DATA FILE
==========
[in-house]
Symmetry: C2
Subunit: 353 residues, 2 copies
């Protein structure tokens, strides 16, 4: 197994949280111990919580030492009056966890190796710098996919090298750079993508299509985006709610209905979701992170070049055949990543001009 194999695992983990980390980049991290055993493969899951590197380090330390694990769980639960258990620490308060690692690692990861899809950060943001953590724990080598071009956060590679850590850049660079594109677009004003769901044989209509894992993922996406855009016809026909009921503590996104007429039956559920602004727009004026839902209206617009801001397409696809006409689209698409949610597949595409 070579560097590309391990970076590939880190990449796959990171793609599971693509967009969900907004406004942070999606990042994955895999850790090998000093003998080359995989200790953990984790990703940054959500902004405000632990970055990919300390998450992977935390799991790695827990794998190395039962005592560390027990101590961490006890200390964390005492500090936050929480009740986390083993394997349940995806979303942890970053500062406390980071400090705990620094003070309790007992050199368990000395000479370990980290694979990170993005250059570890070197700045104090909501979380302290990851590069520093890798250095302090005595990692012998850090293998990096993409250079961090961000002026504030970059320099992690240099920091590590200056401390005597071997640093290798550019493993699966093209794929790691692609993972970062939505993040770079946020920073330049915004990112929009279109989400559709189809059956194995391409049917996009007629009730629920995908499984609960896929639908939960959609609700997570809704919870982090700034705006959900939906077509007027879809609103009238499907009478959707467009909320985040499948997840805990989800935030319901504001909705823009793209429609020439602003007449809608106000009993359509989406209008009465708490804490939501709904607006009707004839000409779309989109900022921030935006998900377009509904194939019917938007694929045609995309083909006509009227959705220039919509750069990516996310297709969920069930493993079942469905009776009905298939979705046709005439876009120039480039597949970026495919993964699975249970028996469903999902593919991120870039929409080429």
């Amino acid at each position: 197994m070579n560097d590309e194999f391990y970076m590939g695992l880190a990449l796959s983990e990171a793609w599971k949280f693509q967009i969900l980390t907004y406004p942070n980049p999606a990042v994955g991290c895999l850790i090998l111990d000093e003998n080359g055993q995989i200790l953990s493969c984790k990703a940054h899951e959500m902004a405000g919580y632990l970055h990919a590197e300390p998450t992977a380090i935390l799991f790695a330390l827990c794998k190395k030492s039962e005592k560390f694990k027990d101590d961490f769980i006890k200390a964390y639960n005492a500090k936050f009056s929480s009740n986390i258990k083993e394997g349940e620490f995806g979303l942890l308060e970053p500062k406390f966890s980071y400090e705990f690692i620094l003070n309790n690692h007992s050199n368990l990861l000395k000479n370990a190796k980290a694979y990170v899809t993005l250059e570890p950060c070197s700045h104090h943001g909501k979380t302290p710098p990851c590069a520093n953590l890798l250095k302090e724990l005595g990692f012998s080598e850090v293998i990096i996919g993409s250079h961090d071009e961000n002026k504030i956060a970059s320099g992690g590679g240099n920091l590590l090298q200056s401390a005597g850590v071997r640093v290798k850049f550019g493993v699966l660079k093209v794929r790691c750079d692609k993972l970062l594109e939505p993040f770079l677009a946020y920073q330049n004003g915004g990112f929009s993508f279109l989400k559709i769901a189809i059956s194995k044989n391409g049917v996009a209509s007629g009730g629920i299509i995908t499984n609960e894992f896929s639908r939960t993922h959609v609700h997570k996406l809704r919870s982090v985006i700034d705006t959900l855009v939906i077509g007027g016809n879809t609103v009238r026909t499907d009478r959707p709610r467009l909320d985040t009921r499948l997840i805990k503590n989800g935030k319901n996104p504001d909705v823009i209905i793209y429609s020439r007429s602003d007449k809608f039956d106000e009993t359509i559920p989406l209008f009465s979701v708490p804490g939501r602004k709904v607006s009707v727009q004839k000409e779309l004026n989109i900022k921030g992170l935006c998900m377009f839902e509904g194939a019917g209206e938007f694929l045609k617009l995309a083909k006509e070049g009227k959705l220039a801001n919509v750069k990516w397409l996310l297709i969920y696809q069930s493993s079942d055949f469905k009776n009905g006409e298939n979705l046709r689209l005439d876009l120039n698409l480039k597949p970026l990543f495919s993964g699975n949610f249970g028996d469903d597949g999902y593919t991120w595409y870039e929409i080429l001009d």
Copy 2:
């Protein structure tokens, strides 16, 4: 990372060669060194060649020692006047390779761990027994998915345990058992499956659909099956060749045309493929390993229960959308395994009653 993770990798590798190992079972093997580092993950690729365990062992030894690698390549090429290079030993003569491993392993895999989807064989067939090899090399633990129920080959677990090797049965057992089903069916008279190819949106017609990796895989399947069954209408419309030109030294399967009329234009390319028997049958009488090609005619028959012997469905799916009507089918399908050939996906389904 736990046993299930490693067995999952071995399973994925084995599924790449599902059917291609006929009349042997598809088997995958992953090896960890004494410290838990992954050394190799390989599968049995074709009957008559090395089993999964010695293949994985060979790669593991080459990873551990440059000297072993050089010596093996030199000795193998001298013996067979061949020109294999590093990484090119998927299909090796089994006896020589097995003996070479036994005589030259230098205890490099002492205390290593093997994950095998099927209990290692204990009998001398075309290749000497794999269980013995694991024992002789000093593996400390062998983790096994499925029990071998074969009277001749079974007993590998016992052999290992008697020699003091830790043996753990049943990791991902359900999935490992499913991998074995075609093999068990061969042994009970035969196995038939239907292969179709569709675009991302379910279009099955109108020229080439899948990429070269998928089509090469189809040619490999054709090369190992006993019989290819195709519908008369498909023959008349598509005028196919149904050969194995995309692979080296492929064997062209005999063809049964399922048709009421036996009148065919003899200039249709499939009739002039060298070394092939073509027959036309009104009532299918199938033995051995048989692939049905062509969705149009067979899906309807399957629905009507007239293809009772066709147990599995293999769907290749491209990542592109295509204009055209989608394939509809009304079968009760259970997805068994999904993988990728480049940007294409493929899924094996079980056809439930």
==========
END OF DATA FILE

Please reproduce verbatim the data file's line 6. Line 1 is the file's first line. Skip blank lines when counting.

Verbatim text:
Copy 2: